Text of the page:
EXHIBITION : January 30, 2020 — September 30, 2020.
#MagicCarpet: A Tapestry Art Exhibition by Kai Syng Tan
#MagicCarpet: Of wandering and weaving, of digits and the digital, of craft and craftiness.
This exhibition has now closed, please check back soon to read about our next exhibition.
Bringing together questions about craft, how our minds work and the ways in which artists and scientists view neurodiversity, our forthcoming exhibition by Dr Kai Syng Tan showcases a large-scale tapestry which was digitally hand drawn and then woven by machine in the same place that Grayson Perry used for his work. This intricate and fascinating tapestry is the result of an artistic residency at the Social Genetic and Developmental Research Centre, in which Dr Kai Syng Tan explored how scientists and artists view neurodiversity, ADHD and a common feature of ADHD, mind-wandering. Mind-wandering means letting your thoughts wander away from the here and now. In psychiatry, excessive mind wandering is viewed as something that might need treatment but mind wandering has long been celebrated as part of the creative process in many different art forms.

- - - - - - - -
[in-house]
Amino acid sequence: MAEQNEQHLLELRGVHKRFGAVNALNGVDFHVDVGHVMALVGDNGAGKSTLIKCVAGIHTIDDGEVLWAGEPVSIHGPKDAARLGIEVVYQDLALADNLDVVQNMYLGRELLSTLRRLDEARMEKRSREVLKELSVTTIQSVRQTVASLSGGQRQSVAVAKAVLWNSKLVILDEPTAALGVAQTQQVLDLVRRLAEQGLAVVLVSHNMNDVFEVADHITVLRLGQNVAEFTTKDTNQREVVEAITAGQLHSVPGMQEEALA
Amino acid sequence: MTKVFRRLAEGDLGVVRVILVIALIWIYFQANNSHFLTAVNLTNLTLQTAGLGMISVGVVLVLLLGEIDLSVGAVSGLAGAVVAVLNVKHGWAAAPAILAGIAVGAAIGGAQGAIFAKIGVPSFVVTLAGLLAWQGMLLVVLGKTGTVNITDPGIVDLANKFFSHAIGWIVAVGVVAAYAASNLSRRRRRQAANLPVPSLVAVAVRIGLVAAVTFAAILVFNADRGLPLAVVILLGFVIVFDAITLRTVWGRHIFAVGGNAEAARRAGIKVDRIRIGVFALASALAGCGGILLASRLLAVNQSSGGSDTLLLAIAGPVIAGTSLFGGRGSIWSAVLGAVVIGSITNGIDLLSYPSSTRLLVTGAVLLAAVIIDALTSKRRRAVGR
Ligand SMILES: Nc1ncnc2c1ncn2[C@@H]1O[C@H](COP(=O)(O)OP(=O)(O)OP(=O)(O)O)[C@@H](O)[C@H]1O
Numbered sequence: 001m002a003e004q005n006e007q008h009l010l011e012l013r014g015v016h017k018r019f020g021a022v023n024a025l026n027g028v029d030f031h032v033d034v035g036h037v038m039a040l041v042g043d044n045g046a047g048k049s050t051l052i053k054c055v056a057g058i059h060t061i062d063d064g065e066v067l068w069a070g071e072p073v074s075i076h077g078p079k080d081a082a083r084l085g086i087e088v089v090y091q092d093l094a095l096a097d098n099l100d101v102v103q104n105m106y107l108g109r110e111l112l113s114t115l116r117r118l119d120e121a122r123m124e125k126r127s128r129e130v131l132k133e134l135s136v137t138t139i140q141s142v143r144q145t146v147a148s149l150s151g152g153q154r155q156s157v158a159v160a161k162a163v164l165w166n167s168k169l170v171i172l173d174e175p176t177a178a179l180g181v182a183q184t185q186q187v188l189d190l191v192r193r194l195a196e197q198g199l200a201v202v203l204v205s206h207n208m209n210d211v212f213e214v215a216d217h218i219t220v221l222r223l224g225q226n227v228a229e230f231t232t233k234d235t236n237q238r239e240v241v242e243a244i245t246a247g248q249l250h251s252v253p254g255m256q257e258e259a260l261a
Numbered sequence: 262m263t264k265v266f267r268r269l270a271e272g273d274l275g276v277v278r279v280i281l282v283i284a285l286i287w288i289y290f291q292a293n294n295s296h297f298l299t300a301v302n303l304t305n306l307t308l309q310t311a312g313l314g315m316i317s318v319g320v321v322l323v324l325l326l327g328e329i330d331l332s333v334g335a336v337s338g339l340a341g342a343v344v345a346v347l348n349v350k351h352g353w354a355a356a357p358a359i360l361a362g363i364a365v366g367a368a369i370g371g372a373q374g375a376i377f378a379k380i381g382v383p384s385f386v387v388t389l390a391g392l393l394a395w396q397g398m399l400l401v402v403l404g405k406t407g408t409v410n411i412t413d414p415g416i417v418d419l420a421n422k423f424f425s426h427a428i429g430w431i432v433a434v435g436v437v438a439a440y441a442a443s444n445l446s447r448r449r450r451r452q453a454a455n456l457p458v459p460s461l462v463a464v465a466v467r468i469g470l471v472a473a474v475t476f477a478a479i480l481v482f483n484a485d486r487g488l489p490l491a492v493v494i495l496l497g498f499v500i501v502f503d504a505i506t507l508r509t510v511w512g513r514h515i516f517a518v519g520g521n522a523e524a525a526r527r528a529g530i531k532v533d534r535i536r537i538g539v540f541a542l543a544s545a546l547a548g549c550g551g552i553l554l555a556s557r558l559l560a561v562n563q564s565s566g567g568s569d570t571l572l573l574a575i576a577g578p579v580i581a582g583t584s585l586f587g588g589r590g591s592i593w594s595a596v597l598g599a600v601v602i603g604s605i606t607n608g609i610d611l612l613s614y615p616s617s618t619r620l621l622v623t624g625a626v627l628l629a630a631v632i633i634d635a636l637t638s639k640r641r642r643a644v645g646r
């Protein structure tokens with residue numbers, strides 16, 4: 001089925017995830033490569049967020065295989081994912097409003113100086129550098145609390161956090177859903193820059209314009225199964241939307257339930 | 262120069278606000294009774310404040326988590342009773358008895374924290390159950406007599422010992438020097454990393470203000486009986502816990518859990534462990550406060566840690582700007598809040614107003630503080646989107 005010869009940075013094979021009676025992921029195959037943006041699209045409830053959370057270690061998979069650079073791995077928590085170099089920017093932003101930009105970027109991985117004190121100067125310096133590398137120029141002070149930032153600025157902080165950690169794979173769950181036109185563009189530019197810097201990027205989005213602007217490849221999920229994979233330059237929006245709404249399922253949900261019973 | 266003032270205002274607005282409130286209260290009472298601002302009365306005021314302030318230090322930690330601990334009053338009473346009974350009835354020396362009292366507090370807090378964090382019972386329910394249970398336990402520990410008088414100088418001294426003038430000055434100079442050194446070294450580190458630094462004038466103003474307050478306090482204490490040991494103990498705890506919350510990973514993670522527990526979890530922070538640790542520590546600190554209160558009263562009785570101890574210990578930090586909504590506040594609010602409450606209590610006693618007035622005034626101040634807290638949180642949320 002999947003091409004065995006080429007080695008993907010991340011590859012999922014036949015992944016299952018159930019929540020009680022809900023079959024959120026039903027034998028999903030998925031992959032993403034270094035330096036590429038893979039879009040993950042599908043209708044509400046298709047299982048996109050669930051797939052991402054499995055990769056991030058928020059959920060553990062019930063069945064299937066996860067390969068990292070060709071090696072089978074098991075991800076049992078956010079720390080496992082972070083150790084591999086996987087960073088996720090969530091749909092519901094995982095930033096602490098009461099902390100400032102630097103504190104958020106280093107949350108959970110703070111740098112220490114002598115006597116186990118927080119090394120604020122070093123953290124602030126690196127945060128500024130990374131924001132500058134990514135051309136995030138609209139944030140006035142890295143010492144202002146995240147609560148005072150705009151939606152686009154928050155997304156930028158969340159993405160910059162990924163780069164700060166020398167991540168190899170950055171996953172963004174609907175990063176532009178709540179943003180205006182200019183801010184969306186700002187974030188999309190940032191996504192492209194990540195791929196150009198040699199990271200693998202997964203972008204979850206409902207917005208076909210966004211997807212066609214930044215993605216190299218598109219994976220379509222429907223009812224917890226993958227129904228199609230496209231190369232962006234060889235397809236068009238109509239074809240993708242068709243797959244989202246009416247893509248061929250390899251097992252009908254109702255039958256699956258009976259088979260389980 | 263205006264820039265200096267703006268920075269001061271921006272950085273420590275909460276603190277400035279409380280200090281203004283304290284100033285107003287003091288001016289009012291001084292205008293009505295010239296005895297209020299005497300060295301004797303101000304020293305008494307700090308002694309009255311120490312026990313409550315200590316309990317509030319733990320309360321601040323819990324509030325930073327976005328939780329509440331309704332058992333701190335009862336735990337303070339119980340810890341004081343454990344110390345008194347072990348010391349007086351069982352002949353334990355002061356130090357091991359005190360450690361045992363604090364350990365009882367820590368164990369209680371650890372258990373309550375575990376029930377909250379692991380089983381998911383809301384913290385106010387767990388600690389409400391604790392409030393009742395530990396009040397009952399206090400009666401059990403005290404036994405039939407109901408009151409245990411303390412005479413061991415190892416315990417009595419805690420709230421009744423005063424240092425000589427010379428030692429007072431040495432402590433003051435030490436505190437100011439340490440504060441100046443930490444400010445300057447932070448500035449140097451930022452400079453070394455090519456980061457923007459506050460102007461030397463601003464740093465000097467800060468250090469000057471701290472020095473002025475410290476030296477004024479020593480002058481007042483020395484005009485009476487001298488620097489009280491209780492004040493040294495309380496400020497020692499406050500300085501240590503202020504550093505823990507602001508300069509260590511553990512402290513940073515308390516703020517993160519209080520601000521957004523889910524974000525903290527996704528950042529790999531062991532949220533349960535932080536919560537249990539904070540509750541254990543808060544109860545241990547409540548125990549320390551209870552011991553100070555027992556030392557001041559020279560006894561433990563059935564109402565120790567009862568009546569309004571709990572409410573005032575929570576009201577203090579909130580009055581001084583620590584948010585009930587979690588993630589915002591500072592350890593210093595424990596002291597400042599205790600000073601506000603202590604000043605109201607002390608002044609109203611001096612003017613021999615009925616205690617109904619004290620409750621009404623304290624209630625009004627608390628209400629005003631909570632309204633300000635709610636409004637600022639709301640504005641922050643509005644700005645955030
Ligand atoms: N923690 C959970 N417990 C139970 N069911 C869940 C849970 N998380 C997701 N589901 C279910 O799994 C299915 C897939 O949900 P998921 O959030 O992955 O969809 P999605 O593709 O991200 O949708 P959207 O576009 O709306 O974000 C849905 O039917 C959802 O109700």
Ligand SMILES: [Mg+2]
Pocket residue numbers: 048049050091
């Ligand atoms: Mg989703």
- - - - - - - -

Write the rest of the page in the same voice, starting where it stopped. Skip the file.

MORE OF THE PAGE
The aim of Kai Syng Tan’s project, and the resulting artwork, is to create a space where a diverse community of artists and scientists could meet and discuss their work and lived experiences. Through these discussions, new ideas were developed in both the scientific and cultural fields in relation to ADHD, neurodiversity and arts and mental health. We’re really pleased for this thought-provoking piece to be coming to us in the New Year, so that we can continue to explore these topical issues and also look at how the piece also raises questions about craft production in the digital age.
What is neurodiversity?
Neurodiversity is about accepting that people are all different and all individual. Neurodiverse communities accept that these differences occur naturally and shouldn’t be viewed as a negative condition that needs treating or curing. Neurodiverse people contribute massively to society and culture. Neurodiverse communities recognise these contributions and look for ways to better accommodate people’s differences so we can all meet our full potential
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